By Sully Manope
Equatorial Guinea is not expecting all the seven companies which won acreages in its last bid round to get up to speed with their proposed work programmes.
The country’s oil patch is littered with stories of several companies which picked up assets and did not implement a robust work programme, let alone drill a single well, even though they were obligated to, for, in cases, close to a decade.
Which is apparently why Gabriel Mbaga Obiang Lima, the Minister of Petroleum, chooses to talk up only the companies that he sees, with their track records, are more likely to do the work.
In three conferences in the last three months, he has talked excitedly about Kosmos Energy’s entry into the country, ExxonMobil’s sign-on into a new acreage and Ophir Energy’s winning of Block EG-24.
Of these three companies, only Ophir got its own new block through the process of the last bid round. Kosmos got EG-21, S and W by discretionary awards and bought out Hess from the Ceiba and Okoume fields. ExxonMobil got Block EG -11 also by negotiations with the authorities.
Equatorial Guinea knows that there are questions around the other six (apart from Ophir), who won in the bid.Atlas Petroleum, which is partnered with South Africa’s Strategic Fuel Fund for Block EG-10, is well known for sitting on assets without taking them any closer to drilling, let alone development.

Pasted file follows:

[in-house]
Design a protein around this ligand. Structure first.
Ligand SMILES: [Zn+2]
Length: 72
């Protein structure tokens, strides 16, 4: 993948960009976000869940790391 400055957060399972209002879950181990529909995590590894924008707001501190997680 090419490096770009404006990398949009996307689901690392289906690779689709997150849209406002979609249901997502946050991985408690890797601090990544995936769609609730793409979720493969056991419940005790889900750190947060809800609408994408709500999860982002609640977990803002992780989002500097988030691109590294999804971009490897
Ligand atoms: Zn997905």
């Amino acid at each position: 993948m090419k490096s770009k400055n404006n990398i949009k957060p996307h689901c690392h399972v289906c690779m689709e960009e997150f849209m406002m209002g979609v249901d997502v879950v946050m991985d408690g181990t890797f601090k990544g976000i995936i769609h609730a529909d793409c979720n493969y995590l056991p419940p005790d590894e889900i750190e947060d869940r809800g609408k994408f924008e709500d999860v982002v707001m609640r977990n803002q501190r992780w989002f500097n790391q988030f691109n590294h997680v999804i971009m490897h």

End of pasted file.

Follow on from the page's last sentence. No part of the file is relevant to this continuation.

Given its pedigree in EQ Guinea, where it sat on Blocks until bigger independents came in to farm in at least five years after it had been awarded the acreages, it is surprising that it won this time again.Atlas Petroleum has repeated this pattern all over Africa.
Offshore Equator Plc, which won Block EG-23 is unknown; Taleveras, which picked up Block EG-07, is an oil trader trying to feel its way upstream. Its oil trading business is not anywhere on the scale of Vitol or Glencore, who have been acquiring upstream acreages too, but have the deep pockets to purchase upstream technical expertise.
Elenilto won Block EG-09. It’s an Israeli group involved in a range of activity from real estate to renewable energy, is relatively a novice in oil and gas. Its only hydrocarbon asset is the Senegal Offshore Sud Shallow Block (SOSSB), on which it has announced no work programme. One company that looks, from a distance, a little earnest is Clontarf Energy, which won Block EG-18.